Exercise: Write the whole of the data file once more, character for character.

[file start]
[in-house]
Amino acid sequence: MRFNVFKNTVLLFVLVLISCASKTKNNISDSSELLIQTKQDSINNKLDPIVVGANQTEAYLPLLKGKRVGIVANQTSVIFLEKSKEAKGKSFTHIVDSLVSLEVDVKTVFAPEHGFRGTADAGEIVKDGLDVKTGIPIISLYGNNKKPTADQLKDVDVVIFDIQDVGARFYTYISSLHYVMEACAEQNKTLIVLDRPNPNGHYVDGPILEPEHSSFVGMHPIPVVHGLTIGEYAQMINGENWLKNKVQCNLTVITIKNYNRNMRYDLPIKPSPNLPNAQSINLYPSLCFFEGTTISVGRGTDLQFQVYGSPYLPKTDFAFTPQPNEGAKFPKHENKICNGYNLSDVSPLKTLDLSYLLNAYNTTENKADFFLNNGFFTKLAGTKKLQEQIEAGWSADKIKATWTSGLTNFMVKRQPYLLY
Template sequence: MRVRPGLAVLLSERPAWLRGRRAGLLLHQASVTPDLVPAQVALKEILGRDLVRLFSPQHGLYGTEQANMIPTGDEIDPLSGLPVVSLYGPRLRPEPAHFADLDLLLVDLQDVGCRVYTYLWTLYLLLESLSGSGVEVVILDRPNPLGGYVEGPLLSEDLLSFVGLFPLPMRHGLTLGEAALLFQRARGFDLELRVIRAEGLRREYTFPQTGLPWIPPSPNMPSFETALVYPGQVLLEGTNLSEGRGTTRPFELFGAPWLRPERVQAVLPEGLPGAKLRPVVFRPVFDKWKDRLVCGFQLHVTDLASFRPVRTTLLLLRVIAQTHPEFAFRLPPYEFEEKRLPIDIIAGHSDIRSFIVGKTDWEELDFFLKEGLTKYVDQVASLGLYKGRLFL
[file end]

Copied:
[in-house]
Amino acid sequence: MRFNVFKNTVLLFVLVLISCASKTKNNISDSSELLIQTKQDSINNKLDPIVVGANQTEAYLPLLKGKRVGIVANQTSVIFLEKSKEAKGKSFTHIVDSLVSLEVDVKTVFAPEHGFRGTADAGEIVKDGLDVKTGIPIISLYGNNKKPTADQLKDVDVVIFDIQDVGARFYTYISSLHYVMEACAEQNKTLIVLDRPNPNGHYVDGPILEPEHSSFVGMHPIPVVHGLTIGEYAQMINGENWLKNKVQCNLTVITIKNYNRNMRYDLPIKPSPNLPNAQSINLYPSLCFFEGTTISVGRGTDLQFQVYGSPYLPKTDFAFTPQPNEGAKFPKHENKICNGYNLSDVSPLKTLDLSYLLNAYNTTENKADFFLNNGFFTKLAGTKKLQEQIEAGWSADKIKATWTSGLTNFMVKRQPYLLY
Template sequence: MRVRPGLAVLLSERPAWLRGRRAGLLLHQASVTPDLVPAQVALKEILGRDLVRLFSPQHGLYGTEQANMIPTGDEIDPLSGLPVVSLYGPRLRPEPAHFADLDLLLVDLQDVGCRVYTYLWTLYLLLESLSGSGVEVVILDRPNPLGGYVEGPLLSEDLLSFVGLFPLPMRHGLTLGEAALLFQRARGFDLELRVIRAEGLRREYTFPQTGLPWIPPSPNMPSFETALVYPGQVLLEGTNLSEGRGTTRPFELFGAPWLRPERVQAVLPEGLPGAKLRPVVFRPVFDKWKDRLVCGFQLHVTDLASFRPVRTTLLLLRVIAQTHPEFAFRLPPYEFEEKRLPIDIIAGHSDIRSFIVGKTDWEELDFFLKEGLTKYVDQVASLGLYKGRLFL